- Smoking -- Smoking is one of the most significant risk factors associated with gum disease. It also can lower the chances for successful treatment.
- Hormonal changes in girls/women -- These changes can make gums more sensitive and make it easier for gingivitis to develop.
- Diabetes -- People with diabetes are at higher risk of infection, including gum disease.
- Illnesses -- Treatments for cancer, HIV/AIDS, and other diseases can negatively affect the health of gums.
- Medications -- Hundreds of prescription and over-the-counter medicines can reduce the flow of saliva, which protects the mouth. Without enough saliva, the mouth is vulnerable to gum disease and other infections. Some medications also can cause abnormal overgrowth of gum tissue, making it difficult to keep gums clean.
How is gum disease treated?
The main goal of treatment is to control the infection. Depending on the extent of the gum disease, treatment varies. But all treatment requires the patient to maintain good daily care. The doctor may also suggest changing certain behaviors, such as quitting smoking as a way to improve treatment outcome.
Deep Cleaning (Scaling and Root Planing)
The dentist, periodontist, or dental hygienist scrapes off the tartar from above and below the gum line, and gets rid of rough spots on the tooth root, where the germs gather. This helps remove disease-causing bacteria. In some cases, lasers are used to remove plaque and tartar. This can result in less bleeding, swelling, and discomfort than traditional deep cleaning methods.
Medications may be used with scaling and root planing, but they cannot always take the place of surgery. Long-term studies are needed to determine whether medication reduces the need for surgery and is effective over a long period.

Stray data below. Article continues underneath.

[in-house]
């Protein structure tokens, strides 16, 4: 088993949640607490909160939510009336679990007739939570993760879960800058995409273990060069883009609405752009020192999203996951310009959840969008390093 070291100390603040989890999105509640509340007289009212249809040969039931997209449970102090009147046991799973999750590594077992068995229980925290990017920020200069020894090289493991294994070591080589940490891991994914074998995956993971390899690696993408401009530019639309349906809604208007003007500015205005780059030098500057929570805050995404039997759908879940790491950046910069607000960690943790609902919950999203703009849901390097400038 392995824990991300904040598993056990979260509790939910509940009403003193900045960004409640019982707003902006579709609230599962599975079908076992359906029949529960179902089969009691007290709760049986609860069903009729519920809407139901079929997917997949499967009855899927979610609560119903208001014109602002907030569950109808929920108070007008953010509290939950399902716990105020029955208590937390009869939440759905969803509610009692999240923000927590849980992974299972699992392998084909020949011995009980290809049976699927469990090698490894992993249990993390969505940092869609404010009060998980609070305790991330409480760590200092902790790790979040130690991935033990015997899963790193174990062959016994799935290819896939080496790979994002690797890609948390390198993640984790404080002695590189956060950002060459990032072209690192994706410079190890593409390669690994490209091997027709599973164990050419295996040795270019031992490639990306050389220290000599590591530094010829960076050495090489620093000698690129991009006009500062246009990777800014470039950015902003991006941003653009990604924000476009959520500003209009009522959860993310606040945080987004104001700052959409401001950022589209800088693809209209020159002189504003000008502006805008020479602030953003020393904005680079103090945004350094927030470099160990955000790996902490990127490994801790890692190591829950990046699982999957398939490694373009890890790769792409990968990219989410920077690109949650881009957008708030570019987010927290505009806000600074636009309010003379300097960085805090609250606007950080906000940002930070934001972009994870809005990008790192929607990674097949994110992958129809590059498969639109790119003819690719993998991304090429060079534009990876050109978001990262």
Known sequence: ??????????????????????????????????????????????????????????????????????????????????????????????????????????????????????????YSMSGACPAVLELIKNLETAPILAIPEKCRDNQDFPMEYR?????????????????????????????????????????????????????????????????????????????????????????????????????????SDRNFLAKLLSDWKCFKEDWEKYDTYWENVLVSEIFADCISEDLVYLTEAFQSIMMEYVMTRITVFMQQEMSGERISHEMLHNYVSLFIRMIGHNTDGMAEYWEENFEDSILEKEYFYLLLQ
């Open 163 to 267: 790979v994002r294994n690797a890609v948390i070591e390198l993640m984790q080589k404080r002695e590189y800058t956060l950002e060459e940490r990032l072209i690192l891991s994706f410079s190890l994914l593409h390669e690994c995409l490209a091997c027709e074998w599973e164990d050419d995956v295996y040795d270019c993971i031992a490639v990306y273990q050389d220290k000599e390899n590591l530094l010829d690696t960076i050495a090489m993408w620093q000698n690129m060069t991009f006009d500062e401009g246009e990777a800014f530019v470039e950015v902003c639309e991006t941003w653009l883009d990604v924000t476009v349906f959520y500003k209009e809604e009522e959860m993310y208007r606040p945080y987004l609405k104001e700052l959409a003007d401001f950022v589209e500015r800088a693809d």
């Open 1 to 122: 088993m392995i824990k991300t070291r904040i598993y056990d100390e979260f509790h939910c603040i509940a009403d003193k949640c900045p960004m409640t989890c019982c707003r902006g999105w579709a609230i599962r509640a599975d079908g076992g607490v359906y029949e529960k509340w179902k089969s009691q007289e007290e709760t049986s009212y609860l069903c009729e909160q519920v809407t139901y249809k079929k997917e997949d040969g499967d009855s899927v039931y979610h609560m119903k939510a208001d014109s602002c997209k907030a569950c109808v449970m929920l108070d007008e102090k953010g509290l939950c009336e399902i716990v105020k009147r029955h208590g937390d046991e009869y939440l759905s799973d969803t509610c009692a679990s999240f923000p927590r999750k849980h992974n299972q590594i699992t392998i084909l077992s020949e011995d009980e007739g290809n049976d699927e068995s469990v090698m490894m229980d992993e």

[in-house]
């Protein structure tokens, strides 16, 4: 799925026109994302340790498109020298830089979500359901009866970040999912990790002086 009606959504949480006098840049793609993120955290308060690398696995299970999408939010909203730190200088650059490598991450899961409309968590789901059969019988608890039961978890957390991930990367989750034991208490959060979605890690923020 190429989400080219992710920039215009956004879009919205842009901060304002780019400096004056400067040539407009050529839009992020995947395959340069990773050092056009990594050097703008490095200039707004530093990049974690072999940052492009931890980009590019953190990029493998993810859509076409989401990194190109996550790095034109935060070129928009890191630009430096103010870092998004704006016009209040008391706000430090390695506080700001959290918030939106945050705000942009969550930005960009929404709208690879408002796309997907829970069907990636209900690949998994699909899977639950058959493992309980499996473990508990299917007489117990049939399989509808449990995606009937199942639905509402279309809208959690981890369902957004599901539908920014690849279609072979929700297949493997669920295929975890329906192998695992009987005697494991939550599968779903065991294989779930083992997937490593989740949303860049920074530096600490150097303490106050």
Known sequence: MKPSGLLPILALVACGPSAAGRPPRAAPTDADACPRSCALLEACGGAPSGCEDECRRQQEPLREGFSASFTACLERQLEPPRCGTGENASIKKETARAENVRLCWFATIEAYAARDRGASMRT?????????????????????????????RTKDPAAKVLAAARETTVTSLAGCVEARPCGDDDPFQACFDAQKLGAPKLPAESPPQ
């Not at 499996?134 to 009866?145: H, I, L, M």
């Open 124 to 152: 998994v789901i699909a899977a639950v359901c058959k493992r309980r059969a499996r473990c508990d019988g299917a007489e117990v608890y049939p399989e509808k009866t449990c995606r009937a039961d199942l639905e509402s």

- Flap Surgery. This common technique involves lifting back the gums, removing the tartar, and suturing the gums back in place so that the tissue will shrink to fit more tightly around the tooth. This sometimes makes the teeth appear longer.
- Bone and Tissue Grafts. Grafting replaces or encourages new growth of bone or gum tissue destroyed by periodontitis. In "guided tissue regeneration" a small piece of mesh-like fabric is inserted between the bone and gum tissue. This keeps the tissue from growing into the area where the bone should be, allowing the bone and connective tissue to regrow.
Because each case is different, it is not possible to predict with certainty which grafts will be successful over the long-term. Treatment results depend on many things, including how far the disease has progressed, how well the patient keeps up with post-operative care, and risk factors, like smoking, which may lower chances of success.
Get a Second Opinion
When considering any extensive dental or medical treatment options, consider getting a second opinion. Call your local dental society for a dentist or periodontist in your area. Additionally, dental schools may sometimes offer second opinions. Call your area dental school to find out whether it offers this service.
Latest NIH Research
Researchers supported by the National Institute of Dental and Craniofacial Research (NIDCR) are working to learn more about preventing and treating gum problems. Some are exploring whether stem cells might help to restore damaged tissues that support the teeth. Others are searching for genes and proteins produced by our bodies and by the bacteria in our mouths to see how they interact to affect gum health.
Studies such as these might one day lead to the development of new ways to diagnose and treat periodontal disease.